On Pilot Names and Sources

Last week, San Francisco Bay Area FOX affiliate KTVU-TV shared the names of the pilots on Asiana Airlines Flight 214.

(I have decided not to re-publish the list of names KTVU reported, but that link above has them in the video. They are racially insensitive, to say the least.)

This morning, USA Today reported that Asiana Airlines is suing the TV station over the report:

Asiana has decided to sue KTVU-TV to “strongly respond to its racially discriminatory report” that disparaged Asians, Asiana spokeswoman Lee Hyomin said. She said the airline will likely file suit in U.S. courts.

The Asian American Journalists Association weighed in as well:

Those names were not only wrong, but so grossly offensive that it’s hard for us at the Asian American Journalists Association to fathom how those names made it on the broadcast. We choose not to repeat those names.

At least some people at KTVU realized the mistake, after the fact. Matthew Keys writes:

When the station inaccurately reported the pilot names on Friday, KTVU producer Brad Belstock tweeted “Oh shit.” Belstock later deleted his Twitter account. Staffers at other television stations responded in a similar fashion to KTVU’s mistake.

Word circulated this weekend that the report had been put together by an intern at KTVU, but the station stood by its statement that the names were passed to them from a source at the National Transportation Safety Board.

Turns out, KTVU was indeed given those names by the NTSB. On July 12, the government agency issued this statement:

The National Transportation Safety Board apologizes for inaccurate and offensive names that were mistakenly confirmed as those of the pilots of Asiana flight 214, which crashed at San Francisco International Airport on July 6.

Earlier today, in response to an inquiry from a media outlet, a summer intern acted outside the scope of his authority when he erroneously confirmed the names of the flight crew on the aircraft.

The NTSB does not release or confirm the names of crewmembers or people involved in transportation accidents to the media. We work hard to ensure that only appropriate factual information regarding an investigation is released and deeply regret today’s incident.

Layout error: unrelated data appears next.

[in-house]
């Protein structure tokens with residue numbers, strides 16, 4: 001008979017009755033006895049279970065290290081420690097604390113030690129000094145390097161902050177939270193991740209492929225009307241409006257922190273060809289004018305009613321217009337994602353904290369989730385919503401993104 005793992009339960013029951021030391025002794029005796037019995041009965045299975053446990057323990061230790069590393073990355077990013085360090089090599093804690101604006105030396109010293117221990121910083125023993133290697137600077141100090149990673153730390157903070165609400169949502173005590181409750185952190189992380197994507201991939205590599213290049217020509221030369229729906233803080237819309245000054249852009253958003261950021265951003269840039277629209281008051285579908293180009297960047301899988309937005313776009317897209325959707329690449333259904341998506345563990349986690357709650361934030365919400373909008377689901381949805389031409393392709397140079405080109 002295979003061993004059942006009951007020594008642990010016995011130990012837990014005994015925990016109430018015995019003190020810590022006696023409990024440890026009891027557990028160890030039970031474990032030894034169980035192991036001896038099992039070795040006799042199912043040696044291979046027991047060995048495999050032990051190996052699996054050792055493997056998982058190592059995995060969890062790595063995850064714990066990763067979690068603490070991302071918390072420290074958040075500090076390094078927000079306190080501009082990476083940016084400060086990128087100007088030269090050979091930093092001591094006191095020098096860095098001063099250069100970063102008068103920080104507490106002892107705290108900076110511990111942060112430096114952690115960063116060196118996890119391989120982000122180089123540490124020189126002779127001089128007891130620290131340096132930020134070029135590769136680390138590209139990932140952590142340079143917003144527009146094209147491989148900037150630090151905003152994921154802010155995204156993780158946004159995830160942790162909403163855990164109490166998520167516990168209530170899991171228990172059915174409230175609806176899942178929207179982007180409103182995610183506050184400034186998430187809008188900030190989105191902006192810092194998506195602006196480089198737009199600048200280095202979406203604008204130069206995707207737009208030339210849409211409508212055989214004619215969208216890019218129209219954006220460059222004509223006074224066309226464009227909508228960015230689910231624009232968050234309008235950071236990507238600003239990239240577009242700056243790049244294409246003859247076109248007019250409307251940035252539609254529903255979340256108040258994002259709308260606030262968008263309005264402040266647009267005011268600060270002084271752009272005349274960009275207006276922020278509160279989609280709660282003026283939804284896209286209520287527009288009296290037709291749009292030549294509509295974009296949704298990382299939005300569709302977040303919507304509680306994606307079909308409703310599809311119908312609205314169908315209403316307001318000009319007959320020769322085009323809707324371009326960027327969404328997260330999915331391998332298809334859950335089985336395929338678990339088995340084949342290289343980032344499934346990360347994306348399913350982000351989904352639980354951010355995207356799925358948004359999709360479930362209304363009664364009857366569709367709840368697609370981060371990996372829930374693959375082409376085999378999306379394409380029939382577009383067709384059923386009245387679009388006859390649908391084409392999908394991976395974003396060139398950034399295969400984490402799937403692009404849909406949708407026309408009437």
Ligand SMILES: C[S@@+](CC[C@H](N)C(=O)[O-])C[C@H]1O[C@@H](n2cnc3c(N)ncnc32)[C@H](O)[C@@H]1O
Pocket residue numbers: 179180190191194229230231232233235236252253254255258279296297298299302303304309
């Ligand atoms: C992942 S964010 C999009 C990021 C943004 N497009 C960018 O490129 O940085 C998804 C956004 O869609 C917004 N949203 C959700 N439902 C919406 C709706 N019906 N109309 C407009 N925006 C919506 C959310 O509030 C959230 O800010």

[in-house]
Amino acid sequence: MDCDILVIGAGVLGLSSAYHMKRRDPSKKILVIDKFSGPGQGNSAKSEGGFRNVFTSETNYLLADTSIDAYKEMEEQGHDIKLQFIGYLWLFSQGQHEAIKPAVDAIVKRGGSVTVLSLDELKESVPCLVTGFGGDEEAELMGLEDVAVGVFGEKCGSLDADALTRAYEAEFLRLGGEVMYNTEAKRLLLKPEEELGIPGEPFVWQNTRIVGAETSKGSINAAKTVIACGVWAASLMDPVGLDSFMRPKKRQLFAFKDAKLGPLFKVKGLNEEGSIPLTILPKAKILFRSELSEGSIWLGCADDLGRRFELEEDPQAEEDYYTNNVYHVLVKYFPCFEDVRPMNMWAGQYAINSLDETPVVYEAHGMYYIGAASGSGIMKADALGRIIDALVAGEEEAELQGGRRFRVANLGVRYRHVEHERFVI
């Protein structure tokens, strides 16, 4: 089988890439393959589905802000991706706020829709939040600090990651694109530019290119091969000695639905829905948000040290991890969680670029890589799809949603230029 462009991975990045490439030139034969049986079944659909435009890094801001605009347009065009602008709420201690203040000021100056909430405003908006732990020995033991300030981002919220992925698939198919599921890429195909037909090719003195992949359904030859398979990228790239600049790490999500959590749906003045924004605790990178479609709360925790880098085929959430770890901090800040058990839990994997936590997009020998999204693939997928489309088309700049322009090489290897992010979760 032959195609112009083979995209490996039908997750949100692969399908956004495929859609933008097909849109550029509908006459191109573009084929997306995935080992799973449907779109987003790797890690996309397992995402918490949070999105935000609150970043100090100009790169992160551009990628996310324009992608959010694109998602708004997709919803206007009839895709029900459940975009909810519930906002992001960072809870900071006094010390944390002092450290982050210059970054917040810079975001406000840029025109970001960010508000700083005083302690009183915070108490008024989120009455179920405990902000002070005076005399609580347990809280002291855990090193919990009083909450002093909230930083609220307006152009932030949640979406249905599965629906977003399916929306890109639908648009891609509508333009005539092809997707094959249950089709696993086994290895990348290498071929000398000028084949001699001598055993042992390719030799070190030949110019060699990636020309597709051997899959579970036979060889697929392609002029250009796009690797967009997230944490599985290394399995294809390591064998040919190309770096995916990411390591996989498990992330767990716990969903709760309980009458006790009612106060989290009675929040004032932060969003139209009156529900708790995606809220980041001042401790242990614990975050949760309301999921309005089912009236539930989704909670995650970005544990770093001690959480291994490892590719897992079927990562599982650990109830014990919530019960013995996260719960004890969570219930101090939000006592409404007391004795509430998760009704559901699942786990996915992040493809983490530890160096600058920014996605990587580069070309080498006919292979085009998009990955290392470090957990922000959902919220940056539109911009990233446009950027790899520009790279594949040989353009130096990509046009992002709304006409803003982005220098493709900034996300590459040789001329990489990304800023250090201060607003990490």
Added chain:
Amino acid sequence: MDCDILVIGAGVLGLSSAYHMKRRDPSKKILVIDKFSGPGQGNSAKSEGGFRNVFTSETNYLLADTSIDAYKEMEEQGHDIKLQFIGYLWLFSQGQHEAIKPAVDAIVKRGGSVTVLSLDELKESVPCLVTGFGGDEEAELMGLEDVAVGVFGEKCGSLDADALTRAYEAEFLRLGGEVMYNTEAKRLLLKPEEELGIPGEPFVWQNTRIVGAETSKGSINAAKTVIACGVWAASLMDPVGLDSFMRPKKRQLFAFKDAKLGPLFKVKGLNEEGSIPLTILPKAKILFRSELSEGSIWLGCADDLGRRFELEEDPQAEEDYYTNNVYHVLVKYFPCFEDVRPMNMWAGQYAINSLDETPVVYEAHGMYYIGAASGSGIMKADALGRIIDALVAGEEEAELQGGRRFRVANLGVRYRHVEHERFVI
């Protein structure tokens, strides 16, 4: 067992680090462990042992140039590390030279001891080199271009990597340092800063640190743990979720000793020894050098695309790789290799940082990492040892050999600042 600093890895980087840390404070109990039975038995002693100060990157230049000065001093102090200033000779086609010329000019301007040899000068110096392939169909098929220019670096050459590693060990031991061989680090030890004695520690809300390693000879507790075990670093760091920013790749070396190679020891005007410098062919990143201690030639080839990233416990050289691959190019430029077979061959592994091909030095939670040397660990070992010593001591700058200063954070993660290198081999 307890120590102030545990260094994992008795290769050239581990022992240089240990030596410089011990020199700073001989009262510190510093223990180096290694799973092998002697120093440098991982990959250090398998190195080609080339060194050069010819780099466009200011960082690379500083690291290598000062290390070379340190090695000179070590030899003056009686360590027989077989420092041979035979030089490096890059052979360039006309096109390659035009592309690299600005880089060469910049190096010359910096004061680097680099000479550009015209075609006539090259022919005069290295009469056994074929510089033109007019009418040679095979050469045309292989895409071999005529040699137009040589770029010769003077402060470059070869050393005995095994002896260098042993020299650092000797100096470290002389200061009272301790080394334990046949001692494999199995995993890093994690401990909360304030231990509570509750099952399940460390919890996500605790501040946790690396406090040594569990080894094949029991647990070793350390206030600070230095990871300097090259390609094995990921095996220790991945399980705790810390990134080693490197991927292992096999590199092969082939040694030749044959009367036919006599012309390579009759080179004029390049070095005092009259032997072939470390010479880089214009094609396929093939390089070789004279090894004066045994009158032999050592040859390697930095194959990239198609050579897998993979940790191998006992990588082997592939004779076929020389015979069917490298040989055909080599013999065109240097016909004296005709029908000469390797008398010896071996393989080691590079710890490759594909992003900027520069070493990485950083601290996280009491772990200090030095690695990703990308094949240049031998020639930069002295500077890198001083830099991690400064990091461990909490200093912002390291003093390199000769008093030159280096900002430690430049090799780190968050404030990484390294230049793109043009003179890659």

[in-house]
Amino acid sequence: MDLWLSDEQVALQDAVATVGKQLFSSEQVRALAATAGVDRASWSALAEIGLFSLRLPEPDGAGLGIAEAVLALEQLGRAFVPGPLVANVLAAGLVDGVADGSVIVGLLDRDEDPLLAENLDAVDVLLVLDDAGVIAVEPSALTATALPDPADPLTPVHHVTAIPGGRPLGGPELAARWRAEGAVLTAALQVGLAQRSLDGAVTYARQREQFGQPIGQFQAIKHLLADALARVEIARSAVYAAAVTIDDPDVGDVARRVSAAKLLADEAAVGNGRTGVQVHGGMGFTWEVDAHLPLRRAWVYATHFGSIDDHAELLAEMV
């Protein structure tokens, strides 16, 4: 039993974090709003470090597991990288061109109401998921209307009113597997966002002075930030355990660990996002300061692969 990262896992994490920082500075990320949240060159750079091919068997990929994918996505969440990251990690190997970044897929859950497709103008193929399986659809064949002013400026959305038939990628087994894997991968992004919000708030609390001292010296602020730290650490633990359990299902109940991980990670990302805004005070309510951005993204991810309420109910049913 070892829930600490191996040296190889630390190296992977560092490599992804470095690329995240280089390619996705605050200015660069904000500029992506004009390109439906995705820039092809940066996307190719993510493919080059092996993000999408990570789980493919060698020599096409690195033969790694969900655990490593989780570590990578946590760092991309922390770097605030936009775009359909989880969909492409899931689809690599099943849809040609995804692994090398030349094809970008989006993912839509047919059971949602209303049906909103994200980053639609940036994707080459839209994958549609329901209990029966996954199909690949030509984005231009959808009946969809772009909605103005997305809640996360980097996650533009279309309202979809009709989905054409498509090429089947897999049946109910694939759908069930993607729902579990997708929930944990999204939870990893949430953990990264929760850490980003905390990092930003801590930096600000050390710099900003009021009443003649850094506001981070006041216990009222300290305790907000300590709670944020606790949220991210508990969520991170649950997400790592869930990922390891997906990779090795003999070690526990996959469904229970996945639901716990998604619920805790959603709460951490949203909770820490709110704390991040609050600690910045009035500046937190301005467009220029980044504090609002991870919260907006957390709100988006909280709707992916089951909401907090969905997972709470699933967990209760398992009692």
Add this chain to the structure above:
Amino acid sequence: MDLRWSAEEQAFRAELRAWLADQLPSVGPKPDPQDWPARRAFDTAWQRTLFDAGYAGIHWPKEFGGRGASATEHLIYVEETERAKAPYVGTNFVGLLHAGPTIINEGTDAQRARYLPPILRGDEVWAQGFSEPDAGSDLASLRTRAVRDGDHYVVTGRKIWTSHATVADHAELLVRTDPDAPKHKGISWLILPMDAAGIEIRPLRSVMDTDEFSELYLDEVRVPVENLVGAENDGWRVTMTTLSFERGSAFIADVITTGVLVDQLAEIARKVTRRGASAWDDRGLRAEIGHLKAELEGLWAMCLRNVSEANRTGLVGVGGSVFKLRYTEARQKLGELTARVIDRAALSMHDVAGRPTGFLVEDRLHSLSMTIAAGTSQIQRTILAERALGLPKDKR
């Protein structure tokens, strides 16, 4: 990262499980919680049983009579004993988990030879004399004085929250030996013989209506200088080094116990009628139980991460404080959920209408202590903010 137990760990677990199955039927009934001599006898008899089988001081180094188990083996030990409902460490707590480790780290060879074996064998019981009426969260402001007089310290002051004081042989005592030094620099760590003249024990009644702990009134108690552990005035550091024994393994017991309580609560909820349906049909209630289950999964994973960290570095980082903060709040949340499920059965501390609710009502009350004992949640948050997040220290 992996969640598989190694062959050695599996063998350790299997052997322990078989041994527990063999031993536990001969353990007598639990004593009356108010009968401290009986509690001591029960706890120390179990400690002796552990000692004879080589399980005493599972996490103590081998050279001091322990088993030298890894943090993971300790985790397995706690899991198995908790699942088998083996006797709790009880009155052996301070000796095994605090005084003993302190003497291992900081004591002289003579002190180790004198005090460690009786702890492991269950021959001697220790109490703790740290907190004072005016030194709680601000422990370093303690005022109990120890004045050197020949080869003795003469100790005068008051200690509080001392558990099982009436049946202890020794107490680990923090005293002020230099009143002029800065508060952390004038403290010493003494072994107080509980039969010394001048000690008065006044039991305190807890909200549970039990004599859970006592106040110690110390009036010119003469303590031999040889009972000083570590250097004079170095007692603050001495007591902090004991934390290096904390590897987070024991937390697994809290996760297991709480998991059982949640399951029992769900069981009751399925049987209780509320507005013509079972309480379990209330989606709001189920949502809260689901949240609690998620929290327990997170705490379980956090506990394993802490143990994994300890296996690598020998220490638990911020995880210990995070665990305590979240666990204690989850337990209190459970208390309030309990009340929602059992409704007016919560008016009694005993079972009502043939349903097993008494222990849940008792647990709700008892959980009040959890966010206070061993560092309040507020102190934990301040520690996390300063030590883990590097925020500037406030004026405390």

Appropriate actions will be taken to ensure that such a serious error is not repeated.

While the “summer intern” has surely been fired, KTVU clearly dropped the ball here as well. As soon as the reported names are read out loud, it’s clear that a middle-school level, racially-charged joke has been pulled, but the news anchor — and the visual designer who put the slide together — apparently went on the information given them.

(As a side note, Reuters reports that the summer intern was a volunteer.)

Whoever at KTVU should have run the list by more people internally, or — better yet — waited for a second source before rushing to report the names.

The news station published an apology, saying:

We made several mistakes when we received this information. First, we never read the names out loud, phonetically sounding them out.

Then, during our phone call to the NTSB where the person confirmed the spellings of the names, we never asked that person to give us their position with the agency.

We heard this person verify the information without questioning who they were and then rushed the names on our noon newscast.

“Several mistakes” indeed.